Stress and stress management in families with autistic children

The hardships of families with autistic children - Tehran Times

About stress in families with autistic children

Stress is a normal part of life, something that most people and most families experience.

But families with autistic children can experience more stress than other families. For example, they might feel stressed because they:

  • are coming to terms with a diagnosis and what it means for their child
  • are finding it hard to manage daily life with an autistic child
  • are having trouble managing challenging behaviour in their autistic child
  • aren’t sure how to help their autistic child build confidence and a positive self-image
  • need a break from caring for their autistic child but don’t know how to get respite
  • are having trouble navigating the service system.

Although an autism diagnosis affects the whole family, family members might be stressed by different things about the diagnosis or different aspects of life with an autistic child. They might also respond to and express stress in different ways.

Some stress can be OK, giving you the motivation and focus to face challenges and get things done. But too much stress can be overwhelming, making it difficult to cope with everyday things.

So if you feel your family is having trouble coping, it’s important to do something to manage the stress in your family life.

Stress can affect individual family members, and it can also affect your relationships with each other. Recognising each other’s feelings and looking after your family relationships can help you with family stress management.

Reducing and managing stress for families with autistic children

Autism Spectrum Disorder Checklist | Otsimo

Although stress is a normal part of family life, too much stress can have a negative effect. There are practical things you can do to manage your family’s stress. Managing stress is good for the emotional and mental health and wellbeing of everyone in your family.

Positive thinking and self-talk
Positive thinking and self-talk increase your positive feelings. And feeling positive increases your ability to cope with stressful situations.

For example, you might have a negative thought like ‘People probably think I’m a bad parent’. You can challenge this thought by asking yourself, ‘How do I know that people will think this?’ You might also use more positive thoughts, like ‘Who cares what other people think?’, ‘I can do this’, or ‘I will stay calm’.

The more you practise positive self-talk, the more automatic it will become in your life. Start practising in one situation that causes you stress, and then move on to another one.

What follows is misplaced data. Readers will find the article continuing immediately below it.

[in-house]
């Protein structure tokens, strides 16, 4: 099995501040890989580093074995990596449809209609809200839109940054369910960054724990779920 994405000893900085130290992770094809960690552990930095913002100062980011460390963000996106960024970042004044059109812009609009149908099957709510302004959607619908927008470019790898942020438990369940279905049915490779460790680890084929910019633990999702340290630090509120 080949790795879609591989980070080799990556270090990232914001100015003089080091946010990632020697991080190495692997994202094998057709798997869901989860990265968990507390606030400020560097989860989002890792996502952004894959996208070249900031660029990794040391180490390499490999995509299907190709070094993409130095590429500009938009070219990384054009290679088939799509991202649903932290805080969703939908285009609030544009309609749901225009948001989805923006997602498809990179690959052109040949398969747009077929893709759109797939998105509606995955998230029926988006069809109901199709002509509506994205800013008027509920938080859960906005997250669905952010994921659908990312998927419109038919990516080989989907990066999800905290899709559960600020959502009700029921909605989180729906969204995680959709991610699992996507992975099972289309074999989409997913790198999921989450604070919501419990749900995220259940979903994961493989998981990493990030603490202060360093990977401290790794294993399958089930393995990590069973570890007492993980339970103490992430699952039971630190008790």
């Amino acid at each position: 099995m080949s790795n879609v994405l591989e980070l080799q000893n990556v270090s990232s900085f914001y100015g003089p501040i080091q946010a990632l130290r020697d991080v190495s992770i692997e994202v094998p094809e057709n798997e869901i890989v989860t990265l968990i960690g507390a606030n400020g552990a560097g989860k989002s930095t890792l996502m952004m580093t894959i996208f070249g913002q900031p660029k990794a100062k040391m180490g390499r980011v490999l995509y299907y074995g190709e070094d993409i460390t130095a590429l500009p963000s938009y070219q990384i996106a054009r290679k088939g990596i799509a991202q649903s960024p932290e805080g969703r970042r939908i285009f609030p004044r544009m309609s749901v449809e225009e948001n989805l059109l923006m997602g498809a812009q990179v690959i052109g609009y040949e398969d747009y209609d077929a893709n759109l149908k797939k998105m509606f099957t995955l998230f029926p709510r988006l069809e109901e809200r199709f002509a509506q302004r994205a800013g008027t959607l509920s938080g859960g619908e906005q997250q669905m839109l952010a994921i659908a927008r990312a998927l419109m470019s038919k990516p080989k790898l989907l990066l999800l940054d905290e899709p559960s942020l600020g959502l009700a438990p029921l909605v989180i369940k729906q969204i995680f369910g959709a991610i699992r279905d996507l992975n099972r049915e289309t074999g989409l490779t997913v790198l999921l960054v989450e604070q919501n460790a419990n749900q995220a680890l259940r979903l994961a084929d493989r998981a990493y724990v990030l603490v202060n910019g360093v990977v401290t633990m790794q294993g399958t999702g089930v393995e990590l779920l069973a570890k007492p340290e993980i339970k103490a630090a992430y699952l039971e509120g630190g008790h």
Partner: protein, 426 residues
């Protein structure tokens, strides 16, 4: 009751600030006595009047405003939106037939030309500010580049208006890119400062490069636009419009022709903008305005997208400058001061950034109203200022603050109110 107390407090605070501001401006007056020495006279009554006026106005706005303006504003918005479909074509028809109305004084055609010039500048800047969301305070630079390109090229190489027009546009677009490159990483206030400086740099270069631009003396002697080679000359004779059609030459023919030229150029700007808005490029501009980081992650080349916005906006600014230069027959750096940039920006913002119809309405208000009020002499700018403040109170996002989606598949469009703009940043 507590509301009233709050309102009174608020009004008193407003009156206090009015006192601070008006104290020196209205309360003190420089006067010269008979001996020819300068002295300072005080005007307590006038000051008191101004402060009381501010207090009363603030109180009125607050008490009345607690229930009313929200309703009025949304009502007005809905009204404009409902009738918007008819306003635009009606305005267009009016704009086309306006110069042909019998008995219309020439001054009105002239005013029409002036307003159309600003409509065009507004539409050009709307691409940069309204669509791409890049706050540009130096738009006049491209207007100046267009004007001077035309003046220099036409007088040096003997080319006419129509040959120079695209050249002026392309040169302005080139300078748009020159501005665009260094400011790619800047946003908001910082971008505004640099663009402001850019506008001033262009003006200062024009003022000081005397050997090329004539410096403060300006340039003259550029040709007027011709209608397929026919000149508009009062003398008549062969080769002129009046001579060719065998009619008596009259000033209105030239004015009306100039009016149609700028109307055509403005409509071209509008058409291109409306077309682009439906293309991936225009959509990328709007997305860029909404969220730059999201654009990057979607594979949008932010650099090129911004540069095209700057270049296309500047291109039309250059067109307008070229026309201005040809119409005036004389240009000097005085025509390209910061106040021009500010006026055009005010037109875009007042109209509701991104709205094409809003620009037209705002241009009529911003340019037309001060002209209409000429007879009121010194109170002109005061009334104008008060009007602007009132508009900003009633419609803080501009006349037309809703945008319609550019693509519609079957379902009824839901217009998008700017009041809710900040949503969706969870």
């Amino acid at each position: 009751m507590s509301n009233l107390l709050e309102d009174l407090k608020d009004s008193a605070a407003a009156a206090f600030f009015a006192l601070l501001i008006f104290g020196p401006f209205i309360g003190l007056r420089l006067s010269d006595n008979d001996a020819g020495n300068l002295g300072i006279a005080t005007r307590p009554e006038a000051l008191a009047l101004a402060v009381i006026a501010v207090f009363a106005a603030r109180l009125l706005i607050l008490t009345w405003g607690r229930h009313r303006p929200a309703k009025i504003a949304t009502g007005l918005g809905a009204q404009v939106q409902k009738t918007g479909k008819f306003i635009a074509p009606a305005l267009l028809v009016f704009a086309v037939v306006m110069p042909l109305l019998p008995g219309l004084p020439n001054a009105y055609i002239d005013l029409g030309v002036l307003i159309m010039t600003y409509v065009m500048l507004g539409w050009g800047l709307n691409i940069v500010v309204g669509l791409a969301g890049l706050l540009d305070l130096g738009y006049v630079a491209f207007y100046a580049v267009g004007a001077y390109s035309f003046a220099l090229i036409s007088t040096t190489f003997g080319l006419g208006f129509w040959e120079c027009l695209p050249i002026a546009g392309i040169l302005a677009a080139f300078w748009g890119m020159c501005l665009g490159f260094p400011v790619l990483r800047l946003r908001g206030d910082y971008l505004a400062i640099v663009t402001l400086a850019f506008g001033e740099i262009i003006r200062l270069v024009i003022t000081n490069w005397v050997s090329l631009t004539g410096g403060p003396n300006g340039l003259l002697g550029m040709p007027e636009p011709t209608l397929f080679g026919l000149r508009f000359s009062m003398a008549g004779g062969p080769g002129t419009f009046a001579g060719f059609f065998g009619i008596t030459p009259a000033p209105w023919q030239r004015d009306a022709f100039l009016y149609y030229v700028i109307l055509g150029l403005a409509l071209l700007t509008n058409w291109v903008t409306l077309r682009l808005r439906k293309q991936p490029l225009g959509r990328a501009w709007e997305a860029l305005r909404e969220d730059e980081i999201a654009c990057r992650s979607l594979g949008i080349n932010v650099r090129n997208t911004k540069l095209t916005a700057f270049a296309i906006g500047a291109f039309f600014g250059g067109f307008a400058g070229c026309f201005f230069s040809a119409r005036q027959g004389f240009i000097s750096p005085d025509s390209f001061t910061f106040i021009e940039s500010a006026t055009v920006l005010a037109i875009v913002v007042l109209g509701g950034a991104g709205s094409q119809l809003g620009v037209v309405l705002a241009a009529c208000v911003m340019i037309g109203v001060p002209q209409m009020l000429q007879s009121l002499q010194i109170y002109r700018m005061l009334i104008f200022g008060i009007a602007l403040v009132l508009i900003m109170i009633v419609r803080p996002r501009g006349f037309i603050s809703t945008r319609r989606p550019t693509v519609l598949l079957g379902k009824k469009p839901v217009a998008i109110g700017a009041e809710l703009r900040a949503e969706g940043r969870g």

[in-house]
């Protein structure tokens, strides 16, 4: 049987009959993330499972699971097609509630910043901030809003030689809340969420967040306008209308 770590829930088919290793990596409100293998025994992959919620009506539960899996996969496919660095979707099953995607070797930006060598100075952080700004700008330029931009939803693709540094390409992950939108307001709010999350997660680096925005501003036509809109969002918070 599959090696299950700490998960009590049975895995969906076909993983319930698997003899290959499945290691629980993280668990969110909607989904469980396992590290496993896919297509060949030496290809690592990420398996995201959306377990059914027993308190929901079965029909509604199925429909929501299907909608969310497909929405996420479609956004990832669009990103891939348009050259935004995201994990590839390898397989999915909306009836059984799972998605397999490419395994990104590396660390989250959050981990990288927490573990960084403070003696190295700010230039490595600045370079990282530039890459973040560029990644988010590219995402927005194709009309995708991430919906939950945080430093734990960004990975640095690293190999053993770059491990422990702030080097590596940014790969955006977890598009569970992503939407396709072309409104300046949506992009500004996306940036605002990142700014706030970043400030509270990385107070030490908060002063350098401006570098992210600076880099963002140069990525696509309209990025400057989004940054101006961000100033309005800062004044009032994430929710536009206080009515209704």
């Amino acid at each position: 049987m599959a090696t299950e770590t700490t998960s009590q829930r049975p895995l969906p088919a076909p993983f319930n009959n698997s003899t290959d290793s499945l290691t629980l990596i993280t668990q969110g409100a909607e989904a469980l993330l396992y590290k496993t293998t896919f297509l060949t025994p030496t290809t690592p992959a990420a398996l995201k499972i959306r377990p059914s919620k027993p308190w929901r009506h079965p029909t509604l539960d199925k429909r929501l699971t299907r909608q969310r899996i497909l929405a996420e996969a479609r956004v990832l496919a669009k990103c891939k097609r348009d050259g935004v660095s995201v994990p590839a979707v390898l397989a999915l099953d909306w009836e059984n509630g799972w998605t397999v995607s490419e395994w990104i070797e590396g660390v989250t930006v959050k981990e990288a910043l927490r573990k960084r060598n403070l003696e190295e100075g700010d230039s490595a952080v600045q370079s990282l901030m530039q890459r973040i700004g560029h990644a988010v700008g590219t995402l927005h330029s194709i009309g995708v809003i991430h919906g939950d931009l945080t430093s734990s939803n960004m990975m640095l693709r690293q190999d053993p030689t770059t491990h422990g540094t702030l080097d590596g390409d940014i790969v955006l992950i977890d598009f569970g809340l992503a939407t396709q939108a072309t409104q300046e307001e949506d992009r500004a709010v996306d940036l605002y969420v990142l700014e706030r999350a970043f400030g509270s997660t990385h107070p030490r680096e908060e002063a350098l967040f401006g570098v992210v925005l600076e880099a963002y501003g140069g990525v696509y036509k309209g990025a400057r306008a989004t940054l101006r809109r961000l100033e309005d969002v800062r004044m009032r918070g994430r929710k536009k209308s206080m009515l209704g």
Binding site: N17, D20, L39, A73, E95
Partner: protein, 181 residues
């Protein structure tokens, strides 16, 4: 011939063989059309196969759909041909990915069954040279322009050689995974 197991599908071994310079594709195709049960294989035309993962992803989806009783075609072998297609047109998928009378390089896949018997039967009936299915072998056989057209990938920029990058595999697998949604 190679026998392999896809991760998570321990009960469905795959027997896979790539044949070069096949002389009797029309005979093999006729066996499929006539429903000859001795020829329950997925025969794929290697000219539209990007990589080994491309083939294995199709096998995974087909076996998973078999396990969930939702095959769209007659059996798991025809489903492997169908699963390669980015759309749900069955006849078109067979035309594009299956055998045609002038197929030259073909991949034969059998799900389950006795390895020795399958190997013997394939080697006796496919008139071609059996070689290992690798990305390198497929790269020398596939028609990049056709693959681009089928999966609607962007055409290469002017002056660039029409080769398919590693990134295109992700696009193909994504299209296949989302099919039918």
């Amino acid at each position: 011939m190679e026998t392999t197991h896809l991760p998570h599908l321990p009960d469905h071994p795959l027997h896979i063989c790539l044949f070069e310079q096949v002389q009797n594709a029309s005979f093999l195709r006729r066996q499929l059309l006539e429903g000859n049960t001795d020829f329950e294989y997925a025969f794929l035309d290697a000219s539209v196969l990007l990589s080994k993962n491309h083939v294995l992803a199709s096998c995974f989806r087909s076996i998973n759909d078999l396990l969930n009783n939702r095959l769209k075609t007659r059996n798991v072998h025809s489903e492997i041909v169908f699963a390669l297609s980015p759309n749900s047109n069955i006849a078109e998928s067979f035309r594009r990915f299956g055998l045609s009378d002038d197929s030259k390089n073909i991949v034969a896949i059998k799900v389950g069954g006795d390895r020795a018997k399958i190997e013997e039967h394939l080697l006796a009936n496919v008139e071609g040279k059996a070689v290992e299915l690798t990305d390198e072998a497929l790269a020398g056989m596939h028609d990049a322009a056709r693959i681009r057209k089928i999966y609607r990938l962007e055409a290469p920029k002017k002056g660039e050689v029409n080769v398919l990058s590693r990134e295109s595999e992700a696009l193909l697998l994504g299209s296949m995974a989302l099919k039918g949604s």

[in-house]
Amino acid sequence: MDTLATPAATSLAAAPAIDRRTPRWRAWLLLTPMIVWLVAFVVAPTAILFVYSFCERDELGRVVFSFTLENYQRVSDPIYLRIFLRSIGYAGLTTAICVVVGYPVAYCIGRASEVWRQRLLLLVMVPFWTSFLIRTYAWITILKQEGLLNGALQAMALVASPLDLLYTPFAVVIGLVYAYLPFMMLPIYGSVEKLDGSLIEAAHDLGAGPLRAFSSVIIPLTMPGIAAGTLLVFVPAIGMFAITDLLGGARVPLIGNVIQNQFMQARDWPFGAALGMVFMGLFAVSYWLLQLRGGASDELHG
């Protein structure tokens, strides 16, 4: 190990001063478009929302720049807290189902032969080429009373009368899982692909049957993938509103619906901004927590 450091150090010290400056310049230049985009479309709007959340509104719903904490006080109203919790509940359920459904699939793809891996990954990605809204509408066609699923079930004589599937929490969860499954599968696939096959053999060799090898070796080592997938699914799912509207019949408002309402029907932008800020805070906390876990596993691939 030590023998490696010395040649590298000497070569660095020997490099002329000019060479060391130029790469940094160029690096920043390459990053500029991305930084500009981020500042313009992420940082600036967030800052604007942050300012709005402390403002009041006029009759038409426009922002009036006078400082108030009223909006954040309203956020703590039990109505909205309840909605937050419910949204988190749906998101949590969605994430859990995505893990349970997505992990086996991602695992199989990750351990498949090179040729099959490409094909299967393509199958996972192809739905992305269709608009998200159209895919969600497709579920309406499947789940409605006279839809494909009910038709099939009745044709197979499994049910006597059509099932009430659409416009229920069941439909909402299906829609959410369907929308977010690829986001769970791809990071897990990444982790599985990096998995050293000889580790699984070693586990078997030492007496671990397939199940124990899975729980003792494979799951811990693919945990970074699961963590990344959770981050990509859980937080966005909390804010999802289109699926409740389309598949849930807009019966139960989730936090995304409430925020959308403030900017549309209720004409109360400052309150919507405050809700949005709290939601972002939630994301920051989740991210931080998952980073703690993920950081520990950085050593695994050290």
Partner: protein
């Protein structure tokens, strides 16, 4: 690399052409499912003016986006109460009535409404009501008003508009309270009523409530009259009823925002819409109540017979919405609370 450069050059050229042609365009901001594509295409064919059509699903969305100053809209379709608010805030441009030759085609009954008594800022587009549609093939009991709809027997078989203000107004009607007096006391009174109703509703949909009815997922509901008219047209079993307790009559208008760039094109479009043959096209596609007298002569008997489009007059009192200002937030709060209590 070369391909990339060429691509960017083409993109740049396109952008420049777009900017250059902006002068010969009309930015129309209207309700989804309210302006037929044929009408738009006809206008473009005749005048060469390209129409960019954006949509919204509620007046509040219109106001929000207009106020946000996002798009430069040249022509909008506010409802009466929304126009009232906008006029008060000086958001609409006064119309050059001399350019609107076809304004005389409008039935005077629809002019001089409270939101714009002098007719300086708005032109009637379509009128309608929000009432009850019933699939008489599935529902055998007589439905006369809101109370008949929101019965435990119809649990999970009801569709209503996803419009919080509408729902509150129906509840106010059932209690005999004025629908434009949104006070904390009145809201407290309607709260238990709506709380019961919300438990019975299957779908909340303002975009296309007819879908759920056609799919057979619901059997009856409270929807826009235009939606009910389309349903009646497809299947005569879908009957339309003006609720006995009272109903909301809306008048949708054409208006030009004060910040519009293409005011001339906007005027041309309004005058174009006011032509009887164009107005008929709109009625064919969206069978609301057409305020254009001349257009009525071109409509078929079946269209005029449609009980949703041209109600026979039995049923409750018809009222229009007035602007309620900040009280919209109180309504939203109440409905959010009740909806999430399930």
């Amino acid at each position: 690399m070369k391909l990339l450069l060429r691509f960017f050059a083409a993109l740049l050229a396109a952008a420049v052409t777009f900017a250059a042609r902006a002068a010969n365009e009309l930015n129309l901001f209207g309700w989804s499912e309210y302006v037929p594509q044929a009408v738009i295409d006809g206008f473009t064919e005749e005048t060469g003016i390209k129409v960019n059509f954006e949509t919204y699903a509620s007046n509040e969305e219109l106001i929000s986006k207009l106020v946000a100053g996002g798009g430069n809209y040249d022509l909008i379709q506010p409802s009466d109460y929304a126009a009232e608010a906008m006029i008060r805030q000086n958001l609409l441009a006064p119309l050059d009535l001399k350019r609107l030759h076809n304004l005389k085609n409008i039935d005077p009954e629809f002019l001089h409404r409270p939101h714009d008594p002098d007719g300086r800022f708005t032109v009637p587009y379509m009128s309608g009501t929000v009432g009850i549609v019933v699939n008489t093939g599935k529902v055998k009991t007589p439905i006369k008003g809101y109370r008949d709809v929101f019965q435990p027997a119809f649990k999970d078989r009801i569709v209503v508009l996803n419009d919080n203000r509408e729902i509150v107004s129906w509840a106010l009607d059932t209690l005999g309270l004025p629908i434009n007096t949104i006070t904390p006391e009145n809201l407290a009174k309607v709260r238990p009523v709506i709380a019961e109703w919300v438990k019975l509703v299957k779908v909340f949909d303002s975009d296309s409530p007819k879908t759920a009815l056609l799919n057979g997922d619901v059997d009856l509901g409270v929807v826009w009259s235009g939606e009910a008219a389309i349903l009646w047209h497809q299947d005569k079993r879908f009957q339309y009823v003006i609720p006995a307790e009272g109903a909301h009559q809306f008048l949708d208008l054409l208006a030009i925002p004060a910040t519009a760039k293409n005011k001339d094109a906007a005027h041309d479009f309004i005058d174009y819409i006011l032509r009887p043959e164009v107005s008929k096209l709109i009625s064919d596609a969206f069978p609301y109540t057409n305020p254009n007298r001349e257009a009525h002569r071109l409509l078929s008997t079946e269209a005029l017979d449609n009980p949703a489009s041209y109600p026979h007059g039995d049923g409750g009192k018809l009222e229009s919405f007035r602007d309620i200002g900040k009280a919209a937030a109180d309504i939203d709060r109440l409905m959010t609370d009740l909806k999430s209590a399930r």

Relaxation and breathing strategies
Practise some breathing exercises and muscle relaxation techniques. If you practise and use relaxation exercises as soon as you feel signs of stress, or when you know you’re going into a situation that makes you stressed, it can calm things down.

You could also set aside a little bit of time each day for relaxation, meditation or mindfulness. Even 10 minutes at the beginning or end of the day could be enough. This might help you sleep better and feel more positive during the day.

Getting organised
Stress is often related to the feeling that things are out of your control. Getting organised is a very effective way to get things – including your stress levels – under control.

For example, if you have a list of things you need to do, you can work through the list, focusing on just one thing at a time. And you’ll feel good as you cross things off the list.

You could also try putting some family routines into action. Routines help your family get through your tasks more efficiently and free up time for more enjoyable things. You can adjust these routines for children with additional needs.

Making time for enjoyable family activities
When you have an autistic child, you might forget to make time for yourself. You can reduce the stress levels in your family by making sure that all family members – including you – have time to do things that make them feel good.

One way to do this is by getting everyone in your family to make a list of things that they enjoy. Then try to make sure that everyone gets to do something from their list every day or every couple of days. The lists should have a mix of activities that vary in cost and time.

Maintaining and modifying family traditions and rituals
Family traditions and rituals can give you a sense of belonging and togetherness. This can strengthen your family relationships, which will help you get through stressful times.

You might have to modify your traditions to suit the needs of your autistic child. For example, it might be less stressful to plan a weekend camping trip a little closer to home so you spend less time in the car.

Support from family and friends
When a child gets an autism diagnosis, family and friends can be a great source of practical support.

It’s good to ask for help if you need it. It could be as simple as asking an extended family member to babysit for a few hours one night, or asking an older niece or nephew to take your children to the park. This could turn into a fun activity for your child and extended family member, as well as giving you some time to yourself or time to get other things done.